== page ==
16 September 2014

How to Make a Simple, Yummy Cheese

There's a saying, "everything tastes better with cheese", and it seems it's one of those sayings everyone believes.  I mentioned here on the blog last week about making ricotta and mozzarella and all I've heard since is "how?" "can you share the recipe?".

We are big on cheese. We love the stuff. I buy four 1 kilo blocks of tasty cheese every month, and it's not often we'll have any left over. It gets sliced for sandwiches, cubed for salads, grated for spaghetti and casserole toppings, melted for dipping (and yes, I'll share the recipe for the yummiest cheese dip later) and cut into fingers for lunchboxes.

We love soft cheeses too. Cream cheese (Cream Cheese Patties, cheesecakes, cakes and frostings), ricotta (as a layer in lasagne or in a dip  or in a lettuce leaf with sultanas and grated carrot), mozzarella (grated fresh onto pizza or  crumbed and baked for a snack) and cottage cheese (instead of butter on sandwiches or scones, or on celery for munching) are always in the fridge too.

I haven't tried making hard cheeses yet. Parmesan is the one I'm bursting to try, but so far time hasn't allowed. I'm hoping for a few quiet weekends over the next couple of months and it is just one of the things on my to do list.

I do however regularly make cottage cheese, ricotta, mozzarella and feta (which may well be my all-time favourite cheese). They are all simple cheeses that can be quite easily made in your very own kitchen.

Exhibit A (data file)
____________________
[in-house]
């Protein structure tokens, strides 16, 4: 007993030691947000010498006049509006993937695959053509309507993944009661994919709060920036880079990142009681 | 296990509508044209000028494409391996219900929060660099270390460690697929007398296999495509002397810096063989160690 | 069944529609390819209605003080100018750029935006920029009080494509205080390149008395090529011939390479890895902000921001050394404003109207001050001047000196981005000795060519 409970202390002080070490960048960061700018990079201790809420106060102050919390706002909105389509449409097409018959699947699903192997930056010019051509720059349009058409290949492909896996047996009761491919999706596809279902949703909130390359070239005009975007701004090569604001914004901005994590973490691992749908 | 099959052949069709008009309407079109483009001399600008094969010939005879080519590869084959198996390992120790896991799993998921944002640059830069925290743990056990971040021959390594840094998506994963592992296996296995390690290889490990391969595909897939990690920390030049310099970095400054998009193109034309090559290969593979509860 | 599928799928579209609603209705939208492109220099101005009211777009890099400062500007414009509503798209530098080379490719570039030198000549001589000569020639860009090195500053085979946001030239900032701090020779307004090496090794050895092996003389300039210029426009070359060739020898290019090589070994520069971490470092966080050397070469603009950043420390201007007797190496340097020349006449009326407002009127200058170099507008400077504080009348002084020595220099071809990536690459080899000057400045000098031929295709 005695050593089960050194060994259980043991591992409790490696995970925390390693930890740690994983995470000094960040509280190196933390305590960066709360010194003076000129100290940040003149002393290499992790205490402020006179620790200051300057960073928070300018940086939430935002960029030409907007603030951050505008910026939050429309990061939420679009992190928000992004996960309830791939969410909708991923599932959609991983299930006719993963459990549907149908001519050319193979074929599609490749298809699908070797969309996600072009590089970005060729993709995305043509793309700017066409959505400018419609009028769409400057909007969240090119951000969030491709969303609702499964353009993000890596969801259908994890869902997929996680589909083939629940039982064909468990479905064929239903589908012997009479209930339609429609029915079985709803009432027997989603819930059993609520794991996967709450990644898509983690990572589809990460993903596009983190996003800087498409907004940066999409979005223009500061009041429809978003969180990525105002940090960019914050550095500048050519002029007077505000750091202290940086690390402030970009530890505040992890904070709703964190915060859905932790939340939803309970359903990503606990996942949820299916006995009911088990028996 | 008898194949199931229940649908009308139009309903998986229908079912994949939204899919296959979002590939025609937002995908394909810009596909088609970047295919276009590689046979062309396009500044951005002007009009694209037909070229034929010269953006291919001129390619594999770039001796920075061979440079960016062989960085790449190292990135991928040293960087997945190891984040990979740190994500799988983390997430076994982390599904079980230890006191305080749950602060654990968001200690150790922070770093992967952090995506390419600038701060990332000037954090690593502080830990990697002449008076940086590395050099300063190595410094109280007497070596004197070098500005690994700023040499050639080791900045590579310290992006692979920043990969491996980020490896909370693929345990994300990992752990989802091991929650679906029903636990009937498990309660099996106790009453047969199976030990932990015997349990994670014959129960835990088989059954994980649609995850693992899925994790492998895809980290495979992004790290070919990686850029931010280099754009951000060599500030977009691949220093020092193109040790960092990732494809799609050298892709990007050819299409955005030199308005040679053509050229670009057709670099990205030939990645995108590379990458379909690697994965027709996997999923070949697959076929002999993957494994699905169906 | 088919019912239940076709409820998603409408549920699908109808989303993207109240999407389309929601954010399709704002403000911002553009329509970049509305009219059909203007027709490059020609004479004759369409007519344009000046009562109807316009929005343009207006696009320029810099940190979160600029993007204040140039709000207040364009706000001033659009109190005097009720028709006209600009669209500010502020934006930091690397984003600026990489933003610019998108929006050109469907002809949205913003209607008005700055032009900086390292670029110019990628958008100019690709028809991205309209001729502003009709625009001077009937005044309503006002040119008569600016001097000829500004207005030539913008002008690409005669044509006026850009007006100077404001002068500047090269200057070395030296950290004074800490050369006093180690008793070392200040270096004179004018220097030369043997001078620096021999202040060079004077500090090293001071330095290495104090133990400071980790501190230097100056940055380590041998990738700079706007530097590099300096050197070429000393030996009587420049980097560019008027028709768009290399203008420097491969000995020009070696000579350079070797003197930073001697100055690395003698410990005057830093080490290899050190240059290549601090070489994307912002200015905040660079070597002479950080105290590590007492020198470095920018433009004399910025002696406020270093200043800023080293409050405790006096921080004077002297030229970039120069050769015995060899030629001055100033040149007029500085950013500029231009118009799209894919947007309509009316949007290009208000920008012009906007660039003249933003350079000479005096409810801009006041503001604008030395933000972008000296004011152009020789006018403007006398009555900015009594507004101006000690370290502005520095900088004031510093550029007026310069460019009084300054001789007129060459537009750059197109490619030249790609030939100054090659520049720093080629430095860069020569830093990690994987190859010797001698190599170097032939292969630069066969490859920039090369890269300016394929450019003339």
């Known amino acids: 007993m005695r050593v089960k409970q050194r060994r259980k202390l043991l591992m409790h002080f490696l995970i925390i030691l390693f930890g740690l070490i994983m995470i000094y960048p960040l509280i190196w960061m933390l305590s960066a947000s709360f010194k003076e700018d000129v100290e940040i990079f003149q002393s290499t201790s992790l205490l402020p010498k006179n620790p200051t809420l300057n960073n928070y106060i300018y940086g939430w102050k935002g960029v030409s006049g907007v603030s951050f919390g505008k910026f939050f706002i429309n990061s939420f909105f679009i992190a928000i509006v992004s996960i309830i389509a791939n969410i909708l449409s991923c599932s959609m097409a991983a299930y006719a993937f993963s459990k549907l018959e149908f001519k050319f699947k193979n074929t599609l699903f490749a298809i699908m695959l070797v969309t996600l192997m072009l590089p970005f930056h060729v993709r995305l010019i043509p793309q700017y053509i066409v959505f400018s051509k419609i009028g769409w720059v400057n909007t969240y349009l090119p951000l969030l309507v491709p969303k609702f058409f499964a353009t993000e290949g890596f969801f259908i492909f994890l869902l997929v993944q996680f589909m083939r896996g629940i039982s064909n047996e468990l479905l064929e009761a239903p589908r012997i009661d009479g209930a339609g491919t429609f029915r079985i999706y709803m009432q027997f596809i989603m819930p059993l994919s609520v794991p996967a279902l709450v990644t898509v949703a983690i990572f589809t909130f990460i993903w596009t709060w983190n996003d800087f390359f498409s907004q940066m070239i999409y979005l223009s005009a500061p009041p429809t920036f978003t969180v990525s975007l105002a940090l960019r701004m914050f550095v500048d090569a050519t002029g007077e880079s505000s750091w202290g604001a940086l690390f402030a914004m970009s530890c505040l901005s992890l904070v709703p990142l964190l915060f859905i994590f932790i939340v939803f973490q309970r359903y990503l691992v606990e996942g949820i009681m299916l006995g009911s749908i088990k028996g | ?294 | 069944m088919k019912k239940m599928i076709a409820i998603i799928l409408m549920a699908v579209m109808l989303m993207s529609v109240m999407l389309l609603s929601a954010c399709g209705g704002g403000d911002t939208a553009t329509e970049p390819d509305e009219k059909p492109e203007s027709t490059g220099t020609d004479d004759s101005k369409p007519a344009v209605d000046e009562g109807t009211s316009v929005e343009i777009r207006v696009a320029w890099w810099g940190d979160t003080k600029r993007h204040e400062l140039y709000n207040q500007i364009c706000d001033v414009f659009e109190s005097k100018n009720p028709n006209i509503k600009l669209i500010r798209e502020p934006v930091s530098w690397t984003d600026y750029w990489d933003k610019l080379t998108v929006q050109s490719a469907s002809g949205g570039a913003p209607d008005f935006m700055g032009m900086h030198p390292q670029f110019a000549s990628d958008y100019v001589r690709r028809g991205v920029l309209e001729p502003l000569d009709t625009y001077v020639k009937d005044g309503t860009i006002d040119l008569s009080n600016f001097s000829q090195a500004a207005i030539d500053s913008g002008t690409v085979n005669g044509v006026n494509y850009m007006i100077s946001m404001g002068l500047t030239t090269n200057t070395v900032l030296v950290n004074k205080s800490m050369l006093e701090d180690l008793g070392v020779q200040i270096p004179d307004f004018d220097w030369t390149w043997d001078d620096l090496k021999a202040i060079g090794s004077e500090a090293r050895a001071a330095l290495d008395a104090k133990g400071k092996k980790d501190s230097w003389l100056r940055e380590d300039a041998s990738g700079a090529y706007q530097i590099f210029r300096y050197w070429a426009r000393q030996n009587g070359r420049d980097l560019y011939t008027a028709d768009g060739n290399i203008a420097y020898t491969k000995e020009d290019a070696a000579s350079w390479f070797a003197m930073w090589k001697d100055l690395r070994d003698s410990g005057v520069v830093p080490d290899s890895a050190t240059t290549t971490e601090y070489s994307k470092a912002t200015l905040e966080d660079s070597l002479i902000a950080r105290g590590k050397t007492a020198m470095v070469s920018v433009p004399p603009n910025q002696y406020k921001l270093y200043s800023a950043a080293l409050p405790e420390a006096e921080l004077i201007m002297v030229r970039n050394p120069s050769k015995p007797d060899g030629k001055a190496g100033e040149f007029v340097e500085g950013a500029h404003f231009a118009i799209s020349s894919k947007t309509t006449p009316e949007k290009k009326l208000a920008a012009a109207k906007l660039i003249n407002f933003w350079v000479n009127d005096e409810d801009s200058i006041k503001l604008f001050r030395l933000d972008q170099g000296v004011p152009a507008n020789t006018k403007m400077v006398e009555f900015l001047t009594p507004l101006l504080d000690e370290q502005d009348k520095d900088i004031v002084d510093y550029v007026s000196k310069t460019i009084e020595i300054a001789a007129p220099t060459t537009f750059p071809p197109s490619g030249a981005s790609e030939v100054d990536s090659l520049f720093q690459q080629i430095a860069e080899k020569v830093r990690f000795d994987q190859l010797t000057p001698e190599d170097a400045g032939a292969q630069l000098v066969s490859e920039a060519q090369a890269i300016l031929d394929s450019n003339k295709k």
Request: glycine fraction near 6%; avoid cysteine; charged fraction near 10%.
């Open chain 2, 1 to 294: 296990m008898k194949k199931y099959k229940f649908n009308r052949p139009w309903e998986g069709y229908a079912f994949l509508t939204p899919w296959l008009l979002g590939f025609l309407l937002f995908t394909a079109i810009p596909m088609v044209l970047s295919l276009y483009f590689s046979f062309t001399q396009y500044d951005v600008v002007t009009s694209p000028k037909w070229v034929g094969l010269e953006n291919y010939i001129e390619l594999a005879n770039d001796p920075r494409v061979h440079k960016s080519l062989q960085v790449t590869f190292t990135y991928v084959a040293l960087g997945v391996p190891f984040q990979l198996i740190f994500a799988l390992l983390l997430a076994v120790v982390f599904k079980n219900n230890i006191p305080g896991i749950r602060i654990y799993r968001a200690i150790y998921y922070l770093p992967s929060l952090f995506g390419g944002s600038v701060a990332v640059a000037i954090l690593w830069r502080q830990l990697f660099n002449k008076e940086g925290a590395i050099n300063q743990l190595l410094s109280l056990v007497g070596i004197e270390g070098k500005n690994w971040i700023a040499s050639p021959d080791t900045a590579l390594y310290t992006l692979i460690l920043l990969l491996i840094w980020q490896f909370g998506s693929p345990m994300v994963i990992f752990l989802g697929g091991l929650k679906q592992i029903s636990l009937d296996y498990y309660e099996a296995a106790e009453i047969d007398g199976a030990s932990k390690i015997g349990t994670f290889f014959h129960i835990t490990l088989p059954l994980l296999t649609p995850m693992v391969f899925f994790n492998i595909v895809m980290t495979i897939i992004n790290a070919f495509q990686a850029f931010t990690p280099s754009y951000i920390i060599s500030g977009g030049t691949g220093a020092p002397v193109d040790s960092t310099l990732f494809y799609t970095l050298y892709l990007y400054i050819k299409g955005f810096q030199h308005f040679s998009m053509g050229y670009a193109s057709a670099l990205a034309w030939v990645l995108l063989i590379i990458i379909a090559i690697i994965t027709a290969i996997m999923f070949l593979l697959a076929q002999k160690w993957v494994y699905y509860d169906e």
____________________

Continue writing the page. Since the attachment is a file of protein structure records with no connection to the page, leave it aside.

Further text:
Just one thing I'd like to point out: good cheese demands good milk. I do my very best to find fresh raw milk for cheese making. That's not always possible (depending on who we know currently milking a house cow), so my next milk of choice is Swampy's. It comes from a dairy down Warrnambool way.

And one more thing: making your own cheese is not always cheaper than buying it. Good milk is expensive and it takes a lot of milk to make cheese. But if you love fresh cheeses it is worth it.

This week I'll show you how to make a basic cottage cheese. This cheese is great spread on bread or crackers, makes wonderful dips, can be used to make a mock b├ęchamel sauce for lasagnes and is pretty darn good for you.

It is also the easiest of the cheeses I make to actually make.

First you mix the milk powder and water (I do it in the saucepan, saves on washing up).

Put the saucepan over a low heat and warm the milk to around 30 degrees Celsius so that it is warm but not hot.
Very slowly add the lemon juice or citric acid, stirring all the time. Just add it a drop at a time, you only want enough to form curds. Too much lemon juice (or citric acid) and the curds will be big and tough - you're aiming for nice small, soft curds.

Once the curds start to form stop adding the lemon juice and let the mixture rest for about ten minutes to set the curds.
Strain through a cheesecloth. We like quite a dry cheese so I let it drain for about 30 minutes. If you like a creamier, more moist cheese then don't drain it quite as long.
Scrape the cottage cheese out of the cloth into a container. Chill it and it's ready to use. Add salt to taste when you use it if you want to, I usually don't bother.

Strain the mixture over a bowl so you can keep the whey. You can add it to soups, gravies and sauces, to muffin and cake batters (remember to adjust the other liquids), it is full of goodness, far too much to waste.

Cottage Cheese

1 cup skim milk powder
1/4 - 1/2 cup lemon juice OR 1 tsp citric acid in 2 tsp water
5 cups cold water

Add the skim milk powder to the 5 cups of water. Beat with an egg beater or electric mixer to ensure the milk powder is properly dissolved. Heat milk in a saucepan, over low heat, until just warm. Remove from heat and slowly add the lemon juice or citric acid and stir. Let the mixture sit undisturbed. When curds and whey have formed strain through a cheese cloth (I sometimes use a clean Chux). Before using, add salt to taste.

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